After School: Still the Prime Time for Juvenile Crime in Arizona
Afterschool Fights Crime in Arizona
The more than 5,000 law enforcement leaders around the nation who are members of Fight Crime: Invest in Kids, have long known that the hours immediately after school lets out, when parents are likely not available to supervise, are the prime time for juvenile crime. Over the past 20 years, law enforcement leaders across the country have relied on high-quality afterschool programs to provide supportive, stable, and enriching environments with caring adults that keep children and youth out of trouble and safe, while supporting their academic success, and social and emotional development.
The Prime Time for Juvenile Crime in Arizona
In Arizona, juvenile crime peaks from 2 to 6 p.m. on school days, with about 25 percent of all juvenile crime on those days occurring during the hours following the last school bell.
Program Highlight: DRAGG, Phoenix
It all started with a 2006 Mustang, decked out to look like the Oxnard Police Department patrol cars. Through their work with the Police Department in Oxnard, California, Sergeants Charles Woodruff and Dan Shrub had recognized the need for positive mentors for youth in their community and decided to take action. Woodruff and Shrub obtained permission from the local school district, found funding and volunteer instructors, and opened a shop up to house an afterschool program called Drag Racing Against Gangs and Graffiti (DRAGG).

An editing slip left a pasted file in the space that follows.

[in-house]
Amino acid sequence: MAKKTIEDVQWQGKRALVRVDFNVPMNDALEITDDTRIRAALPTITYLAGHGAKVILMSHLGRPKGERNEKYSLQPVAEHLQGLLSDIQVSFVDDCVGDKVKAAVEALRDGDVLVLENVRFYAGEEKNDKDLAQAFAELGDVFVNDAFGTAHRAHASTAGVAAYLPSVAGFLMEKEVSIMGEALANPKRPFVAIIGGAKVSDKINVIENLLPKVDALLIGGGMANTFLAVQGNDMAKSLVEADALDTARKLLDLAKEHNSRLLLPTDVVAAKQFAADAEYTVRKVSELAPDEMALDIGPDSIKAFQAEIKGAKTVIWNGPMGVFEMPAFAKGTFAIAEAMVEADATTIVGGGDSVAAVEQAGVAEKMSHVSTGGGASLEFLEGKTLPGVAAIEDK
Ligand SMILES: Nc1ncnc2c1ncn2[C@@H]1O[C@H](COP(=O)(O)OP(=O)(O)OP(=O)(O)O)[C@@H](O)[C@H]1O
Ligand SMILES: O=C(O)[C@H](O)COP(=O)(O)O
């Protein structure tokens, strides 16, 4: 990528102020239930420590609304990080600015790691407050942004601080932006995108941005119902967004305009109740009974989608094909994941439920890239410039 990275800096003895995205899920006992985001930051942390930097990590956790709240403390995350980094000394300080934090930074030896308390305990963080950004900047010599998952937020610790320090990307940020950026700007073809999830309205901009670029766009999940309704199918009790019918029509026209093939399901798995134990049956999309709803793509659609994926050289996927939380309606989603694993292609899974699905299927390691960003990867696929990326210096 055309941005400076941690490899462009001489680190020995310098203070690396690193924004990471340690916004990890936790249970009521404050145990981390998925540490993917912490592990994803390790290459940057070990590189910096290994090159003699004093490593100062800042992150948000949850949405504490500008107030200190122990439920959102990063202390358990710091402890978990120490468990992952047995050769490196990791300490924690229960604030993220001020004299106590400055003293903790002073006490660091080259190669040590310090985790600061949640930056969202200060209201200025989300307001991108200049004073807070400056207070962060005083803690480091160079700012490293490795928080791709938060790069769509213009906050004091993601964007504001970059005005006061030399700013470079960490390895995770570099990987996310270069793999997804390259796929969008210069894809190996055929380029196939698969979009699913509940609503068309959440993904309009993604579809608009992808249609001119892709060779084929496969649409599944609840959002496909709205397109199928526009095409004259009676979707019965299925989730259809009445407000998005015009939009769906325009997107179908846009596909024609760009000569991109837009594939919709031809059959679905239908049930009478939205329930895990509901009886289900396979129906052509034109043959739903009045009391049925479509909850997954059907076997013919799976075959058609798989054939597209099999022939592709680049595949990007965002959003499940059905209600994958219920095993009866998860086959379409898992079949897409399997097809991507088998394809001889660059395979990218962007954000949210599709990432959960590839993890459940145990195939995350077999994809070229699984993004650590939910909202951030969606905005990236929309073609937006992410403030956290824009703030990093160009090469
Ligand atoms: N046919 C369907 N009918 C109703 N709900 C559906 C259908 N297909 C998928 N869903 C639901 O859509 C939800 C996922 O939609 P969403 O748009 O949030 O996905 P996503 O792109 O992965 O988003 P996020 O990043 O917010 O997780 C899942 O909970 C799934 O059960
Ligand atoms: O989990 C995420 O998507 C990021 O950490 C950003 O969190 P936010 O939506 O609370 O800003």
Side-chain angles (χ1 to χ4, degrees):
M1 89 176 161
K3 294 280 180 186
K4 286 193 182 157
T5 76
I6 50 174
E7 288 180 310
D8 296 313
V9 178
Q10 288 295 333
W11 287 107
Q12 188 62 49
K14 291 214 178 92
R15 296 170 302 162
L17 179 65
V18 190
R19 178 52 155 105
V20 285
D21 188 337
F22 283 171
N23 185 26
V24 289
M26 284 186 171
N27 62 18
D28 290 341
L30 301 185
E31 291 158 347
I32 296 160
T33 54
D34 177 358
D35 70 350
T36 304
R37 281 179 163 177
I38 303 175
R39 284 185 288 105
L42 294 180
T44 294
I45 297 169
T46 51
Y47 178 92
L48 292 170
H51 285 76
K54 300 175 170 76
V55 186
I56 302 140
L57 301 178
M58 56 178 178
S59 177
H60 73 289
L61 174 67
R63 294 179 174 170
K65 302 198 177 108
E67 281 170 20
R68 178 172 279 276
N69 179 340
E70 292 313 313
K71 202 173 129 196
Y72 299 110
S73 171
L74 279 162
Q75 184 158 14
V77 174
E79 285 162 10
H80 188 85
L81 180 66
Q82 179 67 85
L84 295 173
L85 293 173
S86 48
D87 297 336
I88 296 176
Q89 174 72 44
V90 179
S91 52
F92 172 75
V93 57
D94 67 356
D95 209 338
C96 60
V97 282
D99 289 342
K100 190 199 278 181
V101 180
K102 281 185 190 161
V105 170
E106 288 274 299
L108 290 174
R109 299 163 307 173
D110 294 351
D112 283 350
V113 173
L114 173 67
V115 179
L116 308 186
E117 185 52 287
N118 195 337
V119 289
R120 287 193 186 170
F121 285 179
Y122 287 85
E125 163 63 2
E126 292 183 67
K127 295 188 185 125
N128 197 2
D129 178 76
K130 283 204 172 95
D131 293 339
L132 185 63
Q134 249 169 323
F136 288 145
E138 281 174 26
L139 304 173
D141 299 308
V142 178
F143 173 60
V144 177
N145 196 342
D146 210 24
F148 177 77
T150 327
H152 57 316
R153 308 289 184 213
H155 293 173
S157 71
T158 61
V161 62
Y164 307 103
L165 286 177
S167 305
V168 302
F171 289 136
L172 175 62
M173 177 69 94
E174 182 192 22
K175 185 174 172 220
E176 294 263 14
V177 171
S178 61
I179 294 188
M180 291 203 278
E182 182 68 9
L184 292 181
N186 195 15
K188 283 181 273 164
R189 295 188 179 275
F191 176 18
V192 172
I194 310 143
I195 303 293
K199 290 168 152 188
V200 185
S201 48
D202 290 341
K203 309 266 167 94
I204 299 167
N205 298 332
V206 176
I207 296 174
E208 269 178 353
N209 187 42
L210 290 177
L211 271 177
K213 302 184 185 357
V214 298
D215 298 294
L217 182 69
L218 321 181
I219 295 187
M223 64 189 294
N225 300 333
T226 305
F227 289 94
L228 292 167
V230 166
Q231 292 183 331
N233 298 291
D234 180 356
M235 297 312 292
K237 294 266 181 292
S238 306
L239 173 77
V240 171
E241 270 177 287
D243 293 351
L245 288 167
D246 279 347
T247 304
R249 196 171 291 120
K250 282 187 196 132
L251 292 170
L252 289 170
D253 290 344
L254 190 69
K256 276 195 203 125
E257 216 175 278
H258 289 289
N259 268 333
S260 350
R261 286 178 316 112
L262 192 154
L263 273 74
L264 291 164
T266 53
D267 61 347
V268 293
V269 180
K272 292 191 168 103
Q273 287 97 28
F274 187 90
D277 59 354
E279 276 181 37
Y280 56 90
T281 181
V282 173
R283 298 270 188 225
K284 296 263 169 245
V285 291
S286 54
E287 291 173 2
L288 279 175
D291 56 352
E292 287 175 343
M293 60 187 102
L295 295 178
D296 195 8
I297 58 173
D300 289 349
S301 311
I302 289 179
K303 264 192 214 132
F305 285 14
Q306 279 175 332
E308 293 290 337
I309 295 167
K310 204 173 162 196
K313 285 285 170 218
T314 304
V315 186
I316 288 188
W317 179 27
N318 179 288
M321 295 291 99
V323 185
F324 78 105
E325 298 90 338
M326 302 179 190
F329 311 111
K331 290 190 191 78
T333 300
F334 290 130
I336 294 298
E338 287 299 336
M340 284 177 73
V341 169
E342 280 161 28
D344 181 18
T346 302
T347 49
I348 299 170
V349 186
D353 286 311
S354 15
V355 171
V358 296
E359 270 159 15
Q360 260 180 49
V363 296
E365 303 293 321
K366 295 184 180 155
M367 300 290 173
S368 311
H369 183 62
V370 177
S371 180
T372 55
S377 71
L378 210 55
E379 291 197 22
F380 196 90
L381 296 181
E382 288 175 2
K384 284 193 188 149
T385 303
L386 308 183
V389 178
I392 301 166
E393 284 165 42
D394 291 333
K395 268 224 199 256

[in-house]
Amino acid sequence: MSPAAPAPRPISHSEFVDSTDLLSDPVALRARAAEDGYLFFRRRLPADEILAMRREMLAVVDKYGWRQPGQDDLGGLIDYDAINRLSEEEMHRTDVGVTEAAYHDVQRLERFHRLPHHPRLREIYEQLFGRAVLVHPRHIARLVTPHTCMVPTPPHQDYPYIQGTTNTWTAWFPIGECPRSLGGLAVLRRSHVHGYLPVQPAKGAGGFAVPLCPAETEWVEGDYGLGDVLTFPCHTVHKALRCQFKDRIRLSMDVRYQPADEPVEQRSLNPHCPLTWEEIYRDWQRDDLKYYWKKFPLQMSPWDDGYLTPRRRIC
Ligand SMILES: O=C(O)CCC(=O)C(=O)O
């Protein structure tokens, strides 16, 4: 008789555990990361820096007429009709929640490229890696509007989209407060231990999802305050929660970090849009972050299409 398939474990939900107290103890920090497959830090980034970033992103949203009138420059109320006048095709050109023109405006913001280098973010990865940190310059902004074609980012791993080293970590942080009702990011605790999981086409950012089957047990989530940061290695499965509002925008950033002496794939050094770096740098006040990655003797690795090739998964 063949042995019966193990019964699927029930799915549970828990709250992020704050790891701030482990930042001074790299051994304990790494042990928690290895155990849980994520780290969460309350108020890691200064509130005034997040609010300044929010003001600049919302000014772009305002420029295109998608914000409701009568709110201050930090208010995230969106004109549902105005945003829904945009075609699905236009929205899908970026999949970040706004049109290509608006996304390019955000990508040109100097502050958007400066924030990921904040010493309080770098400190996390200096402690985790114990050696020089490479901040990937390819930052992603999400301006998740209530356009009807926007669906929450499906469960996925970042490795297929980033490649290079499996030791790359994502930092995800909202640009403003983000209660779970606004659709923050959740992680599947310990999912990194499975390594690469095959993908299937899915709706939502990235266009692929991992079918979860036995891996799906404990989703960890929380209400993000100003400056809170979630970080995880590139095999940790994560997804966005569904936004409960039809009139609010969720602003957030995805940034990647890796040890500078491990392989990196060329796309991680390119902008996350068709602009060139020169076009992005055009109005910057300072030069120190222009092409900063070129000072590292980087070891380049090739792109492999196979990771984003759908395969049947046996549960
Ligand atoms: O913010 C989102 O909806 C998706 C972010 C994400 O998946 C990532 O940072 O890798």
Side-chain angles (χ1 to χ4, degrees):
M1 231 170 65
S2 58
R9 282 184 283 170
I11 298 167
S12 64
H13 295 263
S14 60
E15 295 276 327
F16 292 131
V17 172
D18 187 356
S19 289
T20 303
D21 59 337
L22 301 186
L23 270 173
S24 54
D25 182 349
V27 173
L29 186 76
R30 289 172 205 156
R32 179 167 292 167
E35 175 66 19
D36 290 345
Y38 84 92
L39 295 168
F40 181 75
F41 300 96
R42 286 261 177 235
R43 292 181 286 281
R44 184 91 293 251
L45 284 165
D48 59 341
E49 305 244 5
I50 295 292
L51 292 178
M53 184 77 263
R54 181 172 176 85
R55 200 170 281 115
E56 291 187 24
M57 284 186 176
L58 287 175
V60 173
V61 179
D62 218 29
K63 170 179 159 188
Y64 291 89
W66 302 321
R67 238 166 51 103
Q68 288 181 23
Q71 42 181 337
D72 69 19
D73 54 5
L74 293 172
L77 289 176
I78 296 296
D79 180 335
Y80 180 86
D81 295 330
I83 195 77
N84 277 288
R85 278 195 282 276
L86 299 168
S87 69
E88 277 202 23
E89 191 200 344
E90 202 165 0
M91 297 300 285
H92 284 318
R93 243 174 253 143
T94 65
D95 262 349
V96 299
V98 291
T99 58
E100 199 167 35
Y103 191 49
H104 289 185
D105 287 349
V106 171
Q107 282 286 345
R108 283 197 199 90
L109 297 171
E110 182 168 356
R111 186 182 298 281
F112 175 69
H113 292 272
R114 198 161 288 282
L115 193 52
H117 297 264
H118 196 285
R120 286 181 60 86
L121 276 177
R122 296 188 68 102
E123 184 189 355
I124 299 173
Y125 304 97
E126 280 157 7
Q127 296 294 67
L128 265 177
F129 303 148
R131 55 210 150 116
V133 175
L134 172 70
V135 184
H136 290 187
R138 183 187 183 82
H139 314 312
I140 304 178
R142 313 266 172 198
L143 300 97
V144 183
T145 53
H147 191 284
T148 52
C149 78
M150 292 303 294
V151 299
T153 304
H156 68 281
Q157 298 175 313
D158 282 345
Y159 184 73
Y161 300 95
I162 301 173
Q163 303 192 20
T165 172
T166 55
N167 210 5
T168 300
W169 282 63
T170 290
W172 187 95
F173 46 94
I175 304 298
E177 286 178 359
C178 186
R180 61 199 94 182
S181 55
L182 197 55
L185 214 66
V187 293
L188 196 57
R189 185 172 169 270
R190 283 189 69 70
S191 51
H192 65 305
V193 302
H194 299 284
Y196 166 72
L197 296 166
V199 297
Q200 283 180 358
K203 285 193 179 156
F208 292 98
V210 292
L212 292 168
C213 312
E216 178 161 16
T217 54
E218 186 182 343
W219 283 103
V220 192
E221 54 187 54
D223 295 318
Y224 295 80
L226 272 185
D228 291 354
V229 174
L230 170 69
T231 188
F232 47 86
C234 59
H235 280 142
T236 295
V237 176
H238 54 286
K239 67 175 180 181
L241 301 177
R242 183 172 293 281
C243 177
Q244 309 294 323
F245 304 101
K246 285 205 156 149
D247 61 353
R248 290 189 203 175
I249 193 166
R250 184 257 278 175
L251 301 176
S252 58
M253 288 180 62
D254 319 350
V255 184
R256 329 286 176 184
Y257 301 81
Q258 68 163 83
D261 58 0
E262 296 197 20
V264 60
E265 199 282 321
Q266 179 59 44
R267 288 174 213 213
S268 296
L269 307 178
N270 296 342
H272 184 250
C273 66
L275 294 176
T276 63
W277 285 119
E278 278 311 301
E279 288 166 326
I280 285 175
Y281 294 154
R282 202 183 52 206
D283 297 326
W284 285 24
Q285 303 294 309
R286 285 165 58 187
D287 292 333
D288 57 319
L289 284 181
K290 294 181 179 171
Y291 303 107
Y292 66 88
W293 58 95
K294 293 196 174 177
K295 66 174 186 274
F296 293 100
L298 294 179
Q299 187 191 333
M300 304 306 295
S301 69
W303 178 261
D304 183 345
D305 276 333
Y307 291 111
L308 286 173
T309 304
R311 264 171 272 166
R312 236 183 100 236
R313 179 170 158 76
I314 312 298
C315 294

Nearly 9 years later, at-risk youth participate in the program twice a week, for three hours a day, learning anything from basic automotive repair to creative car customization through hands-on experiences, special guests, presentations, and field trips to local body shops or racing events. This model was so successful while Jeri Williams was Chief of Police in Oxnard that she decided to bring the program with her when she was hired as the Phoenix Police Chief. Based at Trevor Brown High School, DRAGG-Phoenix has been in operation since 2017. Students attend the program twice a week, for three hours a day, learning about the different aspects of the automotive industry alongside supportive mentors from the Phoenix Police Department and local automotive professionals.
This model was so successful while Jeri Williams was Chief of Police in Oxnard that she decided to bring the program with her when she was hired as the Phoenix Police Chief.
The main goal, according to program co-founder Charles Woodruff, is really exposure and mentorship: the automotive skills the teens learn are important, but more so are the opportunities to develop professional skills they will need regardless of the field they enter and the support systems they form through positive connections with adults who are committed and invested in their wellbeing. The one-on-one connection with youth is beneficial for the officers as well, reflects Woodruff, giving law enforcement a deeper connection with the community they are working in and the chance to make a personal, tangible impact in some of those community members’ lives. “Yes, the cool mustang gets the attention of kids, but it’s when you get them in the classroom after school that you can really start to teach them, and that’s when you can really make a difference.”
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